The Crown prosecutors in a disturbing Yukon child sex abuse case are asking that an “audio-visual exhibit” to be presented as part of the offender’s sentencing hearing be sealed from the public.
Crown prosecutor Noel Sinclair, accompanied by fellow Crown attorney Susan Bogle, made the application in Whitehorse court Oct. 19.
The application is related to a case where, on Oct. 5, a man pleaded guilty to 19 charges of child sexual abuse, including nine charges of sexual interference, eight charges of producing child pornography and two counts of voyeurism. The 11 victims of his crimes, which he committed between January 2008 and July 2013, were all girls under 14 years old.
The man cannot be named in order to protect the identity of his victims.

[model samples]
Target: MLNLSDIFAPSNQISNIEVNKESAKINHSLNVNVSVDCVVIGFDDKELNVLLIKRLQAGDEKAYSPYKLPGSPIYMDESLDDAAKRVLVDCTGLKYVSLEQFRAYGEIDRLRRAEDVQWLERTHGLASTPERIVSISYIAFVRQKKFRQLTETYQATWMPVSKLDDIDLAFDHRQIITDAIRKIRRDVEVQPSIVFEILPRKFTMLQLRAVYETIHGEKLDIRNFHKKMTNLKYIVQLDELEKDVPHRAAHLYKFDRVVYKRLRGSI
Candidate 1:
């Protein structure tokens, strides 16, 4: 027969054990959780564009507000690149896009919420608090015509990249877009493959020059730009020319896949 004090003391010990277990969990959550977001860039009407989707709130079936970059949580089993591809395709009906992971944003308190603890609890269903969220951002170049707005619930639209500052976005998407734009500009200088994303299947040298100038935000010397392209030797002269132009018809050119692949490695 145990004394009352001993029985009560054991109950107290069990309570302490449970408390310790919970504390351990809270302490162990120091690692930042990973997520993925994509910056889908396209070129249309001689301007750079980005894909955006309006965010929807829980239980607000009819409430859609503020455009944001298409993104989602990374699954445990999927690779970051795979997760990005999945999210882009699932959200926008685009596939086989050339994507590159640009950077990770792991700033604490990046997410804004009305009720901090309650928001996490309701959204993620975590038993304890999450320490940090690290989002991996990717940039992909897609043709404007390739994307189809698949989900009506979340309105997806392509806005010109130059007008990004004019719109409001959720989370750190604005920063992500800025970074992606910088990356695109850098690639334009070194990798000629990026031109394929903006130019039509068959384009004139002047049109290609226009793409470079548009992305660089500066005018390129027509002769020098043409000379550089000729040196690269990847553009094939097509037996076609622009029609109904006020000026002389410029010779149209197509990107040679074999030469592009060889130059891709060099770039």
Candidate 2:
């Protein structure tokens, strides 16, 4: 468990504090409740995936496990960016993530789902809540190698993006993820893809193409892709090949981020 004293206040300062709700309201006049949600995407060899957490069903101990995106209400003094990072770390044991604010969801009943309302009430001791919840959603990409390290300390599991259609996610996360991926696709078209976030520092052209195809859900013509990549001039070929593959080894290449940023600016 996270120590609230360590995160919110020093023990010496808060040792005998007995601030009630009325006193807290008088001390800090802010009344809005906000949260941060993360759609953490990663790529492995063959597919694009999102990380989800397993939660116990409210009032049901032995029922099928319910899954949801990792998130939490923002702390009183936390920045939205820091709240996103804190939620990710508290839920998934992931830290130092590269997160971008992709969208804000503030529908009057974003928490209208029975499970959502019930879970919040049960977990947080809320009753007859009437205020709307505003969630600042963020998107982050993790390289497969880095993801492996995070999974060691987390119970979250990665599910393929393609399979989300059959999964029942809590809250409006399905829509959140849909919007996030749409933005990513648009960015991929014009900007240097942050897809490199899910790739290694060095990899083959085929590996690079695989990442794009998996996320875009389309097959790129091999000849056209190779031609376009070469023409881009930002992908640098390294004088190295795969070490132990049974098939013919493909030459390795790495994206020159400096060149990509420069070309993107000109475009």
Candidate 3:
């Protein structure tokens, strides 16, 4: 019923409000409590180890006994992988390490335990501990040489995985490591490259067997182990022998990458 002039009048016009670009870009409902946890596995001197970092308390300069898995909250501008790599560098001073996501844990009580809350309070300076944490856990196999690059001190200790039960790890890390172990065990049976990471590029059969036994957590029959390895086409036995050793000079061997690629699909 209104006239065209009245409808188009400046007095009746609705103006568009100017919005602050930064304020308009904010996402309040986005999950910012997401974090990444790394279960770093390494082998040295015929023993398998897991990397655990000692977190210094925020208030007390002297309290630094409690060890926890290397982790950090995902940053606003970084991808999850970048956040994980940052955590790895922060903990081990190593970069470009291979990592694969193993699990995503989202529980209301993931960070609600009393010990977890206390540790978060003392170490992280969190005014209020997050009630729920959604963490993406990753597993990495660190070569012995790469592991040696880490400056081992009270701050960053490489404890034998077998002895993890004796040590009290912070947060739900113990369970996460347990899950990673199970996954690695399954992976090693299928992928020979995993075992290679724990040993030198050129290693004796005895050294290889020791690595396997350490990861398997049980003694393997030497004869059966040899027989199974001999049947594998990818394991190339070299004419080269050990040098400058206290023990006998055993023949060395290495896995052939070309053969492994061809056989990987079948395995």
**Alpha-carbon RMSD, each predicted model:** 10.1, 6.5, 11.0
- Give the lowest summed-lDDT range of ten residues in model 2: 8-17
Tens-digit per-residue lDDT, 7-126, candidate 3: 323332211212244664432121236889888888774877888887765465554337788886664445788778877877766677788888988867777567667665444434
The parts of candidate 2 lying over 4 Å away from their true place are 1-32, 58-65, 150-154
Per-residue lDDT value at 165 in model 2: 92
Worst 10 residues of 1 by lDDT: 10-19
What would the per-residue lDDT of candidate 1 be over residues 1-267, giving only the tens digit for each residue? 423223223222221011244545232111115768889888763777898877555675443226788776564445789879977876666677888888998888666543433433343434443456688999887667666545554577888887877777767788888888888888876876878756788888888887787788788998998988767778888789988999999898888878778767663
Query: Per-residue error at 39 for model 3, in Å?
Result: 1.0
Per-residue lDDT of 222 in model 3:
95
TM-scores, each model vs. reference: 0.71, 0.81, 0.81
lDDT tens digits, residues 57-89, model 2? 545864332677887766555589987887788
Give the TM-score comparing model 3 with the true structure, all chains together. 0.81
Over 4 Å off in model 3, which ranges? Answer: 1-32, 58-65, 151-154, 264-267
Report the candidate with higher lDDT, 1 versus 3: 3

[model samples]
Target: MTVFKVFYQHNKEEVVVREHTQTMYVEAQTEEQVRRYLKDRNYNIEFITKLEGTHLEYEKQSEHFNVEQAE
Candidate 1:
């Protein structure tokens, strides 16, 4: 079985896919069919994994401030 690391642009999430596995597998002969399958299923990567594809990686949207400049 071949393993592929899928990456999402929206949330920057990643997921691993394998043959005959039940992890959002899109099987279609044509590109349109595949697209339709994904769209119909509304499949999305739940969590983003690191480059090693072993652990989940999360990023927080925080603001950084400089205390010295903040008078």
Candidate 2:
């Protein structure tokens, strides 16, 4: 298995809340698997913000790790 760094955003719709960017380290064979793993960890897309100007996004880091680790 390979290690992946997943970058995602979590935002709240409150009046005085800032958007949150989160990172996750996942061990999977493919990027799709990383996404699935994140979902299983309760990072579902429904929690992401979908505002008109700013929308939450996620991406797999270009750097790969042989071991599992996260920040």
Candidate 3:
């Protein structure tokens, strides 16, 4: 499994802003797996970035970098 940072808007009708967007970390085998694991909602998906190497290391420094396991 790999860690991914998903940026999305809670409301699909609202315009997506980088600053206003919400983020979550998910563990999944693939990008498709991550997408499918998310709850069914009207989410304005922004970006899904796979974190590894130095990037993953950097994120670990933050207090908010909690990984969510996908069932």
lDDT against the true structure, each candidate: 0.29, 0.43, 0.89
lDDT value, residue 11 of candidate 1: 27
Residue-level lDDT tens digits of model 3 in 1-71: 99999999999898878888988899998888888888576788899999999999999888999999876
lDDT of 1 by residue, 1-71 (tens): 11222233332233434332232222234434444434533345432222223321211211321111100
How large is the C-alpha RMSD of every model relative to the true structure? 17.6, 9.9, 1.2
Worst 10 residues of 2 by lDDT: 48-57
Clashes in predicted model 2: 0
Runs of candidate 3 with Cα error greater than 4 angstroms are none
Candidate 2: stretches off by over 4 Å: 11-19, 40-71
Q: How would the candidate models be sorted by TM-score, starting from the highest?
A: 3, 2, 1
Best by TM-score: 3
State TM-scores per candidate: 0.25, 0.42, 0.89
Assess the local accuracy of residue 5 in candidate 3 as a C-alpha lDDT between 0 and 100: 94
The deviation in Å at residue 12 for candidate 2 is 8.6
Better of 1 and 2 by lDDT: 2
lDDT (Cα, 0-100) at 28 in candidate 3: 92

“I make this application with a heavy heart,” Sinclair said in court Oct. 19, describing the exhibit as “profoundly disturbing and upsetting” and “the kinds of thing the court cannot unsee.”
However, Sinclair said he thought it was necessary for the presiding judge on the case, Justice Ron Veale, to view the exhibit in order to “understand the extreme gravity” of the offences and factor them appropriately into the man’s sentencing.
Sinclair proposed Veale view the exhibit in his private chambers, where no one else would be exposed to its contents. He added that the victims’ families have expressed concerns about keeping the victims anonymous and about allowing the man to view the contents again, should they be displayed in open court.
The Crown is also asking for two indictments — one containing the victims’ initials, and another with their full names — to be sealed from the public as well. An anonymized version has been made and will continue to be available for public access.
The man’s lawyer, Vincent Larochelle, was not present in court for the application but had said in an earlier proceeding that he would not oppose it.
Veale will deliver a written decision on the application.
The man is scheduled to be sentenced Jan. 29, 2018.
Contact Jackie Hong at email@example.com